What Is a Moratorium?

A moratorium is a temporary suspension of an activity or a law until future events warrant lifting the suspension or related issues have been resolved. A moratorium may be imposed by a government or by a business.

Moratoriums are often enacted in response to temporary financial hardships. (Both "moratoriums" and "moratoria" are acceptable as plural forms of the word moratorium.) For example, a business that has exceeded its budget might place a moratorium on new hiring until the start of its next fiscal year.

In legal proceedings, a moratorium can be imposed on an activity such as a debt collection process. The moratorium will be lifted when a related issue is resolved.

How Moratoriums Work

A moratorium is often, though not always, a response to a crisis that disrupts normal routines. In the immediate aftermath of an earthquake or flood, an emergency moratorium on some financial activities may be granted by a government. It will be lifted when normal business can commence.

Key Takeaways

  • A moratorium is a temporary suspension of business as usual.
  • Most of the time, moratoriums are intended to alleviate temporary financial hardship or provide time to resolve related issues.
  • In bankruptcy law, a moratorium is a legally-mandated hiatus in debt collection.

For example, in 2016, the governor of Puerto Rico issued an order to limit the withdrawal of funds from the Government Development Bank. This emergency moratorium established a hold on withdrawals that were not related to bank principal or interest payments in order to reduce risks to the bank's liquidity.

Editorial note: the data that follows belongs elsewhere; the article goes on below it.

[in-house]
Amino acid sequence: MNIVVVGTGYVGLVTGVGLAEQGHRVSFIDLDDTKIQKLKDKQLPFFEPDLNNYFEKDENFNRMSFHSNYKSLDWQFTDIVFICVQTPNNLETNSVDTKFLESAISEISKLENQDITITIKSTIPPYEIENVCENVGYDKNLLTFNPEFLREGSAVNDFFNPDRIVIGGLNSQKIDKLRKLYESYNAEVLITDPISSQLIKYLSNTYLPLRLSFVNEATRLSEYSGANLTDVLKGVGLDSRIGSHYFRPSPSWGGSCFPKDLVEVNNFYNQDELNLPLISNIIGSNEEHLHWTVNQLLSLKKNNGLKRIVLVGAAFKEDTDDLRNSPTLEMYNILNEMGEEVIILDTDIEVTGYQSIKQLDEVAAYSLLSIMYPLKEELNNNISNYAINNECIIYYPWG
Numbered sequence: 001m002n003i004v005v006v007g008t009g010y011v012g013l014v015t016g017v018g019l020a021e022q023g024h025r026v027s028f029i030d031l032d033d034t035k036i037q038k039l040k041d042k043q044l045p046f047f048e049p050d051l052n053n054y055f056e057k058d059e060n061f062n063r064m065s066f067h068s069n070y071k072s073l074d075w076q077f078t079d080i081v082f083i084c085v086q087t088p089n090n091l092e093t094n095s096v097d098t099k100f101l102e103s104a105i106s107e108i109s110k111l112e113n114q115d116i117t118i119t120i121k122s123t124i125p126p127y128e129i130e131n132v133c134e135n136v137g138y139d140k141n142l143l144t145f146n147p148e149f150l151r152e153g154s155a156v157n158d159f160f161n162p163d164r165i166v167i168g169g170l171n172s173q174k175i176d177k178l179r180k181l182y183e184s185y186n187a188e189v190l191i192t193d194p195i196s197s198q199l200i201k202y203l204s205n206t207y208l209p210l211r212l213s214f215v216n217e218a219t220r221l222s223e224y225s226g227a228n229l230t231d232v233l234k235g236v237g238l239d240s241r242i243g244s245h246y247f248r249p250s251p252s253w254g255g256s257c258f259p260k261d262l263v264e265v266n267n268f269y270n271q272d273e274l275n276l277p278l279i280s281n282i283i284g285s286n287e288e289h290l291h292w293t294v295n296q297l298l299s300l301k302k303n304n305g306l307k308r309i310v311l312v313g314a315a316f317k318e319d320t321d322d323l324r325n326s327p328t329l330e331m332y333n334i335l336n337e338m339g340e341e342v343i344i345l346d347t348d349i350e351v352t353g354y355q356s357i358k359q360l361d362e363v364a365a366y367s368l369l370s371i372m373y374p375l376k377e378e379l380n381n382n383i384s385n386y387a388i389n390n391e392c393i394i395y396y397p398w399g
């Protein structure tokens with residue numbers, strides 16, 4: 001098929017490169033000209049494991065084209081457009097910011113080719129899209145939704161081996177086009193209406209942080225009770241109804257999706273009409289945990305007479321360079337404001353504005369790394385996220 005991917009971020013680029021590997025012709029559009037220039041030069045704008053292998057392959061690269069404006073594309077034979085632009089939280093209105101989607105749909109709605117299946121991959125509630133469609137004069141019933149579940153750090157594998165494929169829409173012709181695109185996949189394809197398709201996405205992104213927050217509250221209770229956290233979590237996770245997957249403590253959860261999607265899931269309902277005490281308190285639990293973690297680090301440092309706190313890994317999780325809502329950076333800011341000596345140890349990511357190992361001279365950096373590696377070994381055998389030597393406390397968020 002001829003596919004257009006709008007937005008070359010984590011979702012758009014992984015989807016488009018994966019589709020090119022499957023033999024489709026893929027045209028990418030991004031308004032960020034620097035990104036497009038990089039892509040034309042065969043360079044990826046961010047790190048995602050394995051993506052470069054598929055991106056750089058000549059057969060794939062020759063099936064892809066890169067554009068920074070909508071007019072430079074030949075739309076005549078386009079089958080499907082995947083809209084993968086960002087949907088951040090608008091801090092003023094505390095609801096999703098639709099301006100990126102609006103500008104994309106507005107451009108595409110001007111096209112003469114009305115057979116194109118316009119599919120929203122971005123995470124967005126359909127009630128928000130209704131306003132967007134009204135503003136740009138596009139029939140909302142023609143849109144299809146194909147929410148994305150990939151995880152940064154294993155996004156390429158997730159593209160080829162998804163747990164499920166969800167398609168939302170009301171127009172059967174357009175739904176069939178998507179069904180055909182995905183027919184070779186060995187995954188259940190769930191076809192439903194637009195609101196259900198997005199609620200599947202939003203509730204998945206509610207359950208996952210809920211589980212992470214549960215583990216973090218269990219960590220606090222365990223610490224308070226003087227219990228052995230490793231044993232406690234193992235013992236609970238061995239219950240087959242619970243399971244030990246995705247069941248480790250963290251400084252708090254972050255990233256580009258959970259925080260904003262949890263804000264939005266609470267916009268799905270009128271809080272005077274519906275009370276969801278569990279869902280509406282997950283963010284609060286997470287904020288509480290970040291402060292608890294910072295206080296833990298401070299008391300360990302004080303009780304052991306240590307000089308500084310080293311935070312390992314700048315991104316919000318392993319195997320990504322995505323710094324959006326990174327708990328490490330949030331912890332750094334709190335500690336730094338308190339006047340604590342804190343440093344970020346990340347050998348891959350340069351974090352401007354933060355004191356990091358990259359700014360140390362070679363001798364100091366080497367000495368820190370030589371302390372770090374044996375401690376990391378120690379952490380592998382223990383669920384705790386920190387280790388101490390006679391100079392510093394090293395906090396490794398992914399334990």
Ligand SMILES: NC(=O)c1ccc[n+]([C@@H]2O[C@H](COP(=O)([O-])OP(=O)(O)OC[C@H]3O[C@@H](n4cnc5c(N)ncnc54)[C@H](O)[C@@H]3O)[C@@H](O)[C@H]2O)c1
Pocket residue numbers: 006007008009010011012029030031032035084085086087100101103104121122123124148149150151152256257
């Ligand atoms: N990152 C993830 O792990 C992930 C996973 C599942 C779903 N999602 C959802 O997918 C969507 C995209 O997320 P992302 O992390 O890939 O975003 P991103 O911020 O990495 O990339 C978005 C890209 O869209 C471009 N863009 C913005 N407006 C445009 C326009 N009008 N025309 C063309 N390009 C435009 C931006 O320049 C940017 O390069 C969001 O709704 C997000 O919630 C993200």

In bankruptcy law, a moratorium is a legally binding hiatus in the right to collect debts from an individual. This time-out period protects the debtor while a plan for recovery is agreed upon and put in place. This type of moratorium is typical in Chapter 13 bankruptcy filings in which the debtor seeks to restructure payments of outstanding debts.

Both "moratoriums" and "moratoria" are acceptable plurals of the term moratorium.

Examples of Moratoriums

If a company is experiencing financial difficulties, it can place a moratorium on certain activities to lower costs. The business may limit discretionary spending or cut back on company travel and non-essential training.

Moratoriums of this nature, designed solely to reduce unnecessary spending, do not affect a business's intent to repay its debts or to meet all necessary operational costs. They are taken to alleviate a financial shortfall without the need to default on debt obligations. The voluntary moratorium is a vehicle to bring spending back in line with current company revenues.

Insurance companies often issue moratoriums on new policies for properties in specific areas during the course of a natural disaster. Such moratoriums help mitigate losses when the probability of filed claims is abnormally high. For example, in February 2011, MetLife issued a moratorium on writing new policies in many Texas counties due to an outbreak of wildfires.